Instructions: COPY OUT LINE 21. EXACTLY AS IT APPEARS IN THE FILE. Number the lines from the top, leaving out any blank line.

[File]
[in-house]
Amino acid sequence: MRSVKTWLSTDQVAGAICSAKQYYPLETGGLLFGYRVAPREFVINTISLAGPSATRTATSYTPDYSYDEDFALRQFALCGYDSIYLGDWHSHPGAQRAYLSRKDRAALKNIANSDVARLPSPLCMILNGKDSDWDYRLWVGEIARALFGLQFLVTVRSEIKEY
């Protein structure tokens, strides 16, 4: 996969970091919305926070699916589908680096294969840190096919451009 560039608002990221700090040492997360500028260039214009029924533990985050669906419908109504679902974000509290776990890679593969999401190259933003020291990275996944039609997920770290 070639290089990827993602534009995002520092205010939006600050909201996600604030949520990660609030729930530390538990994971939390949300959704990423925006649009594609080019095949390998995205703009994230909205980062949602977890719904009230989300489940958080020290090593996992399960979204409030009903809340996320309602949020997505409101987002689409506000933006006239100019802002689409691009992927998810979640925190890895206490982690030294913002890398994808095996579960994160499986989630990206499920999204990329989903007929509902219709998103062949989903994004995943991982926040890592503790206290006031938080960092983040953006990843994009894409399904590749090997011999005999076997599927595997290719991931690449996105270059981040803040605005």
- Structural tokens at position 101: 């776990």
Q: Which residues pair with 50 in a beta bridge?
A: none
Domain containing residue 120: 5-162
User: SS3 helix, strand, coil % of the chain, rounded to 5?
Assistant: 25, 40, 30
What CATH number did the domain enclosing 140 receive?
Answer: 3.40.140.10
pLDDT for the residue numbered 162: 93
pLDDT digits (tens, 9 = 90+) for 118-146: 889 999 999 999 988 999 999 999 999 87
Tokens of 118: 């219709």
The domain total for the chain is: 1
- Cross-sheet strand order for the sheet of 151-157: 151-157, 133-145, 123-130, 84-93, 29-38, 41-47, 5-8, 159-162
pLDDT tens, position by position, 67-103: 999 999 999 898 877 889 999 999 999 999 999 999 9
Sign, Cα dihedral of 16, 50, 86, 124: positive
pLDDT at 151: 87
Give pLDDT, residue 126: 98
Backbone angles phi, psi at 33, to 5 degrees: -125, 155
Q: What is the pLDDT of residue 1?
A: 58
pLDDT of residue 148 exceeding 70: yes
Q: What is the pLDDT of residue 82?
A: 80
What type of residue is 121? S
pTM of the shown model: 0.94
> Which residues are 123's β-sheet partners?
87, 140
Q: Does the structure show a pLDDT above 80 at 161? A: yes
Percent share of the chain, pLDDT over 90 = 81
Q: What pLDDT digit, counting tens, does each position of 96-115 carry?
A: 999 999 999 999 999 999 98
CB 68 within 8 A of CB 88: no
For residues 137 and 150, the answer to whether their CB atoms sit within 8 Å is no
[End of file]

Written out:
Backbone angles phi, psi at 33, to 5 degrees: -125, 155